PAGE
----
Food trucks give Thanksgiving meal to 150 people


Food trucks give Thanksgiving meal to 150 people

4:57 p.m. PST November 26, 2015

Though it was below freezing Thanksgiving morning, the sun was shining.

Under the rays, nearly 150 people in need gathered under the Marion Street Bridge to get a Thanksgiving meal from the Feed the Need food truck event.

One man, after having filled a bag of food, said, “I’m blinded,” referring to the striking sun.

“Yeah, it’s very bright today,” I replied.

He smiled and said, “In more ways than one.”

This was the general feeling of the event — joy, kindness and generosity. Those receiving food were very appreciative, as were those volunteering.

As one person thanked a volunteer, the volunteer responded, “No, thank you.

People overwhelmingly treated each other with dignity, as those in need chose what holiday fixings they preferred.

I was even asked if I would give out hugs. I happily obliged.

Volunteers, both food truck owners and other locals, gave out a full to-go meal, served in a paper bag, which could include hot turkey, mashed potatoes, green bean casserole, fresh baked rolls, pies — many of which were donated by fellow community members two days before — water and other beverages. There were stations with hot coffee, toiletry kits, and food for pets as well.

Sarah Carpenter, one of the owners of The Laughing Lunchbox, organized the event.

She said there were at least 30 volunteers helping. She added they were willing to drive around town passing out any extra food they had once the event was over.

Carpenter said she hasn’t done anything like this before, but after starting her and her husband’s food truck in March, they wanted to help during the holidays.

“There is a lot of excess during the holidays that can be given to others,” she said.

Carpenter greeted each individual in line with a hug and a smile, welcoming them and wishing them a happy holiday.

Various shelters were contacted beforehand in the hopes that people in difficult situations may have a better chance of hearing about it.

Laura Johansen and her daughter Melody Foster volunteered for the first time this year.

“Personally, I got tired of sitting at home and eating,” Johansen said. “I wanted to help.”

Tino Land, one of the owners of JT’s Food Truck, brought his family to volunteer as well.

“It’s great to see Salem come together like this,” he said.

And as fellow Statesman Journal reporter Carol Currie once told me, when covering Thanksgiving, reporters get to the unique opportunity to hear stories from people they might otherwise not hear from.

On Thursday, I found that to be true.

I, a huge dog lover, saw one large dog wrapped in a thick blanket. I walked over and asked if I could pet her.

Zachary Aldeguer has been with Annabelle, a newly homeless dog, for just a short time.

Instead of standing in line, Aldeguer and Annabelle sat on the side as he played the violin for all to enjoy.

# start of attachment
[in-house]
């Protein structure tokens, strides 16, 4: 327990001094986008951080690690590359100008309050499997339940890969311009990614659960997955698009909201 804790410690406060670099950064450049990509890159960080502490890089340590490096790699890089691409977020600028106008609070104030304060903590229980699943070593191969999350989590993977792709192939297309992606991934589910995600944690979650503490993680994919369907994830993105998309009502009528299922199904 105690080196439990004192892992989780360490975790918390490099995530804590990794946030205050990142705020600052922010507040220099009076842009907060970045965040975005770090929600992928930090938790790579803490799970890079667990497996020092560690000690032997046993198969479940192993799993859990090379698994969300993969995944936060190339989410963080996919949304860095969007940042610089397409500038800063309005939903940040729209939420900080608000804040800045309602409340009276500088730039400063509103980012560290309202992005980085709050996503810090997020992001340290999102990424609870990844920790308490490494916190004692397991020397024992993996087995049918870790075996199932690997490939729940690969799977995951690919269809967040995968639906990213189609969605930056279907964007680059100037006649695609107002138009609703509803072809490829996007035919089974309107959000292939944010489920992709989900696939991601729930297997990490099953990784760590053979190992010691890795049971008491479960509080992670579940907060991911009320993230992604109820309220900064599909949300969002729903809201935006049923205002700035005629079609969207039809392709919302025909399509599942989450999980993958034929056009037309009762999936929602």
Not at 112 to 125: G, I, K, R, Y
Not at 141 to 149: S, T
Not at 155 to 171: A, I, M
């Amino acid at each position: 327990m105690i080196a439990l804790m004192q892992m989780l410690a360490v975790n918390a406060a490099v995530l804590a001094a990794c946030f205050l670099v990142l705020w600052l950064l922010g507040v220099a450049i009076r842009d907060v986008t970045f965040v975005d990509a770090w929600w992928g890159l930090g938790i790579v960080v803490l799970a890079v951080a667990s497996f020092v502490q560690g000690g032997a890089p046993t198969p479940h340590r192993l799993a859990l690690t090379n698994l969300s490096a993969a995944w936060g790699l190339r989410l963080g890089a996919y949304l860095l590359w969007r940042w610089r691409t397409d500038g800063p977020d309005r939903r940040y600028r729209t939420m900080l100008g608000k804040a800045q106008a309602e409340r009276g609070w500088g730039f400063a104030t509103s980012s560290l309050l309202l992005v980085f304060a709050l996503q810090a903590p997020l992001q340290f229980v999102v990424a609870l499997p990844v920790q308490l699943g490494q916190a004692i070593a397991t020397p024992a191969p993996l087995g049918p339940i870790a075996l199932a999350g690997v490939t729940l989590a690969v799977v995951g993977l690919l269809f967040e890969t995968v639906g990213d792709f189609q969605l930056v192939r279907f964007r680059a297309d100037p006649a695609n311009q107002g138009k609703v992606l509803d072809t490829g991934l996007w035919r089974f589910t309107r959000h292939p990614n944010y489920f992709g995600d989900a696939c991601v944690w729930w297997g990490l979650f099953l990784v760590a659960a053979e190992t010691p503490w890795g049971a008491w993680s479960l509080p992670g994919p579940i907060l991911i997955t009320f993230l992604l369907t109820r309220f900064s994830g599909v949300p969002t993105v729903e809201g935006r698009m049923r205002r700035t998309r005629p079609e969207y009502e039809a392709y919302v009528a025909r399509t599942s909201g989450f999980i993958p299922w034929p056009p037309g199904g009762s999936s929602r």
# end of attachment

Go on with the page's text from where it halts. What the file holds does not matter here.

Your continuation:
Though he grabbed some food for Annabelle at the start of the event, he waited until the line was almost finished before he got any for himself.

Nick Mulligan, 43, originally from Ventura, California, usually spends Thanksgiving with his family, but wasn’t able to this year. He said it was like he was living in an ice town on Thursday.

Nonetheless, while he was staying at the Union Gospel Mission Men’s Mission nearby downtown, he heard they were giving out food for Thanksgiving and he got a ticket to stand in line.

We moved through the line together as we talked, his smile showing through his big, bold beard.

Without a phone or access to his email on the holiday, he wasn’t able to solidify other plans with anyone else, but planned to hang out with friends at the shelter.

He said his favorite Thanksgiving food is the day-after turkey sandwiches he makes with turkey, mashed potatoes and gravy.

He was very appreciative of the event.

“It puts a lot of smiles on a lot of people’s faces and feeds a lot of hungry people,” he said. “It also brings together a lot of people who wouldn’t be together otherwise.”

Natalie Pate/First Person, (503) 399-6745, follow on Twitter @Nataliempate 


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Natalie Pate

Natalie Pate is the education reporter for the Statesman Journal in Salem, Oregon. Natalie has previously worked for organizations and publications such as Direct Relief International, Waging Non-Violence, and Amnesty International USA. She has had stories published with USA Today, Associated Press and Ozy, among others. Natalie earned her B.A. in Politics and French and Francophone Studies (FFS) from Willamette University. During her studies, she wrote a Politics thesis titled, "No One is Dying: How and Why the U.S. Federal Government Avoids Executing Prisoners on Federal Death Row" and an FFS thesis, in French, on cannibalism in the 16th and 17th centuries. Natalie is a journalist, performer, traveler, fiction writer and more. She is working to publish her dystopian novella, "Choice," which follows a man during 24 hours in solitary confinement for allegedly committing murder. For more information on Natalie visit, like her on Facebook at, or follow Natalie on Twitter (@Nataliempate) or Tumblr (Nataliempate blog "In the Shoes of a Journalist"). Her reporting with the Statesman Journal can also be found at

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